We ignore IE 7 users at our peril. At the time of this writing, IE 7 has 15% market share. This doesn’t sound like much, until you translate that number into 15 out of every 100 living, breathing human beings who come to your site and are rebuffed by its poor usability.
Web page speed tests of the top 20 holiday ecommerce sites – from Amazon to Zappos – showing huge disparities in site speed and page load time. I also demonstrate some new ways to visually present test results to make them meaningful to other stakeholders in your organization.
I ran side-by-side performance tests of TechCrunch, Mashable, GigaOM, Technology Review, and the tech blogs for the New York Times and LA Times. My point: to illustrate why, if you’re looking at just the amount of time it takes for your pages to load, you may be focusing on the wrong thing.
I ran performance tests on 27 leading online retail websites — from eBay to Groupon — to see how fast they load and to illustrate the pros and cons of relying on performance indices and industry benchmarks to evaluate your site.
The folks at Google are the only people I’ve met who have a clearly stated web performance goal: all pages on their sites will load in 100 ms or less. How fast do you want your site to load? And how committed are you to getting there?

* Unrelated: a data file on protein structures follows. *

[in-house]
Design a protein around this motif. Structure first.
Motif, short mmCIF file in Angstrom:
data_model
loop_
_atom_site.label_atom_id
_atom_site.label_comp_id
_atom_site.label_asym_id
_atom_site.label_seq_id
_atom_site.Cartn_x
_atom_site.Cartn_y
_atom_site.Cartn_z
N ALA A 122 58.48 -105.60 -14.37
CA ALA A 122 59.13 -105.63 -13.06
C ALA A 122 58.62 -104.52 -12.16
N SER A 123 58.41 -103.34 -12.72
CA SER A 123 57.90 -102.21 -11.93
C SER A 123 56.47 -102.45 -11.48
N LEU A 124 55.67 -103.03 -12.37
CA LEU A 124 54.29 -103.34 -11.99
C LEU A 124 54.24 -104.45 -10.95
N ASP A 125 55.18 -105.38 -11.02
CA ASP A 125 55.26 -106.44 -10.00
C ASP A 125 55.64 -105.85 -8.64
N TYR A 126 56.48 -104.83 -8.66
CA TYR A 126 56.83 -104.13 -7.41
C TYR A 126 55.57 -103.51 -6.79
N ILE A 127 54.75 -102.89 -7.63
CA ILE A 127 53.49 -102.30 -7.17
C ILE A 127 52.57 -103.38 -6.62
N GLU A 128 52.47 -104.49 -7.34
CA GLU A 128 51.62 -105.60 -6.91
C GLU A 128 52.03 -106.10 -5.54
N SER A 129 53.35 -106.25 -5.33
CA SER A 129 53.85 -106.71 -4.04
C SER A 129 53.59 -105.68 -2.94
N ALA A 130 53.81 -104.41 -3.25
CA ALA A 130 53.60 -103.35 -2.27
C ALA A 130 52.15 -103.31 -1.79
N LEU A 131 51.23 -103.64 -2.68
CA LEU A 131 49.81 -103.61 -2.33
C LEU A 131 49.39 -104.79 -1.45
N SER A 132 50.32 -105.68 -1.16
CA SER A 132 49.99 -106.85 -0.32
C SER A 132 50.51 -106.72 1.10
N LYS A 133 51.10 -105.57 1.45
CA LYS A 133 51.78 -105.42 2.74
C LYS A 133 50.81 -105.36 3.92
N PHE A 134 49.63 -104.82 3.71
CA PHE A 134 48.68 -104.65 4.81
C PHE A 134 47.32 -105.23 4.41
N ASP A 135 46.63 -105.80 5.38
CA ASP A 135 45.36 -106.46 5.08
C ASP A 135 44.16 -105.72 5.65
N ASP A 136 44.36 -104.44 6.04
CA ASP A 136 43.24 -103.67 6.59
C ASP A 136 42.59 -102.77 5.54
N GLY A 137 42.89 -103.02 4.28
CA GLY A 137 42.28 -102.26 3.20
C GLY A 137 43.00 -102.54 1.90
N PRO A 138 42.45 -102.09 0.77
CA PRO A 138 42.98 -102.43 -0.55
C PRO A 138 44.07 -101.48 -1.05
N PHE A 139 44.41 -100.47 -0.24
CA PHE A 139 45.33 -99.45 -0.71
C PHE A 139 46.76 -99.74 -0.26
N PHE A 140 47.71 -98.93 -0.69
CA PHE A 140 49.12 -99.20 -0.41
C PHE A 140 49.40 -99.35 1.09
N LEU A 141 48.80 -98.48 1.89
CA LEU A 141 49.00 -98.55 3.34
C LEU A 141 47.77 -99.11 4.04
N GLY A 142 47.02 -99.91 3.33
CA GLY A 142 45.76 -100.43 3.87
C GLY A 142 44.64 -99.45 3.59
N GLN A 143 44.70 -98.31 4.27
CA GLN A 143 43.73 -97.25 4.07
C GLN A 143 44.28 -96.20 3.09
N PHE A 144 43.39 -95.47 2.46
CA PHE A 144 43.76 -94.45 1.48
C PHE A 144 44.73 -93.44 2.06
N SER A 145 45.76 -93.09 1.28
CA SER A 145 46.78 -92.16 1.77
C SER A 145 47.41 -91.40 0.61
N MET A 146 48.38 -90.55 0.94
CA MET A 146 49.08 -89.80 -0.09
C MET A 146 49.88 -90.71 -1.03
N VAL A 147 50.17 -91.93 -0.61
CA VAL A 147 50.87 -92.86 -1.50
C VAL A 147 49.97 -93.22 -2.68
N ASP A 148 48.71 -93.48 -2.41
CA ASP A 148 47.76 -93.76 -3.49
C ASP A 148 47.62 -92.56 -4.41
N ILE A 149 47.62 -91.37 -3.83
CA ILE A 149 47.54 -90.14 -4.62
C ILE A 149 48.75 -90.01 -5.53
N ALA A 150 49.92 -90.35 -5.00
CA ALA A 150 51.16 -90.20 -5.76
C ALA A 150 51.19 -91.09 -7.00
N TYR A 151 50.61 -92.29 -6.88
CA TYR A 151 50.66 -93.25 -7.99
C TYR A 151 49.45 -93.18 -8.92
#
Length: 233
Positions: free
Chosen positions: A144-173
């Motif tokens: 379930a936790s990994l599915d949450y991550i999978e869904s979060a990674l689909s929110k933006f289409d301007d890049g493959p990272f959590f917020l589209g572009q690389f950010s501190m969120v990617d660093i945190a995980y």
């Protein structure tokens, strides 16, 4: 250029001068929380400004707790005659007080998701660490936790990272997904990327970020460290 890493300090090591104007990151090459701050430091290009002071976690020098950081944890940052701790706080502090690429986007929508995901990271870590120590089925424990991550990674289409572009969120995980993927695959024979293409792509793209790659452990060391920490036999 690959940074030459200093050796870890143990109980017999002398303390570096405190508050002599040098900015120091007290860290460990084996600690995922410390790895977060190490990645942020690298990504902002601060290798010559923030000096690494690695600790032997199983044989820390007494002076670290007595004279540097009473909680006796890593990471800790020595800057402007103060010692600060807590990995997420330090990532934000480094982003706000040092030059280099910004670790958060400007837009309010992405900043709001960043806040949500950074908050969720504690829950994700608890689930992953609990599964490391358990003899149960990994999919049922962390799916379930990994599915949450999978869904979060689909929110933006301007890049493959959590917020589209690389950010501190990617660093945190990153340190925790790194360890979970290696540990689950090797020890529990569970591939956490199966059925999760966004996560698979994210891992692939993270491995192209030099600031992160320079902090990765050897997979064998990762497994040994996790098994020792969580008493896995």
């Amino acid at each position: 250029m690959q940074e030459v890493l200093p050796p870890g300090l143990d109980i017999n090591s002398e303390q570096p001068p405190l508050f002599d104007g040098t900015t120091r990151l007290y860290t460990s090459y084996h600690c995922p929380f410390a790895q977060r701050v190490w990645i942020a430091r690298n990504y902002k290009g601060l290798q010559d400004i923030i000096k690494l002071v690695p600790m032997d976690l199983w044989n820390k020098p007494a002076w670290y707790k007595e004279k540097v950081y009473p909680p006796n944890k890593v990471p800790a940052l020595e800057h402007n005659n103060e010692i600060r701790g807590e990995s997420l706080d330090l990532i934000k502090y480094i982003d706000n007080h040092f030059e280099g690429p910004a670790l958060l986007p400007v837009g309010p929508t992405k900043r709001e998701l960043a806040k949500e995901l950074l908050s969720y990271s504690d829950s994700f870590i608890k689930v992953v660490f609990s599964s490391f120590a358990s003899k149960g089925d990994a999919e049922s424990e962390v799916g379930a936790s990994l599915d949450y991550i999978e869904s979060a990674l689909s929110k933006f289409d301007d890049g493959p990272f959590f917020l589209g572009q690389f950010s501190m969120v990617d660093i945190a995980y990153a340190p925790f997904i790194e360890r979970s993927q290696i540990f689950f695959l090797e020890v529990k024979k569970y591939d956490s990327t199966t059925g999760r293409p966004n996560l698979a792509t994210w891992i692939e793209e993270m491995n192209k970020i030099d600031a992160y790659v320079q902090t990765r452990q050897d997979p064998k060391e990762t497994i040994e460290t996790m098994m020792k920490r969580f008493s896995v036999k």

Kids need an almost instantaneous user experience, with page load times below 200ms. So why does the average kids’ website take more than 9 seconds to load?
As power users, we in the tech community are most guilty of turning a blind eye to slow website performance. So if we can’t trust our own judgment, what can we trust?
Top tech VC Fred Wilson recently stated that speed is the #1 priority for sites and web applications. I put his words to the test by running page tests on 5 sites in his companies portfolio: Etsy, Tumblr, Meetup, Foursquare and Stack Overflow.
Updating my performance stats “cheat sheet” with brand-new data from Gomez and old-ish data from Forrester.
Five popular ASP.NET-based content management systems — Sitefinity, DotNetNuke, Ektron, Kentico, and Sitecore — are on the receiving end of some late-night voodoo science, as I compare how quickly their clients’ websites load.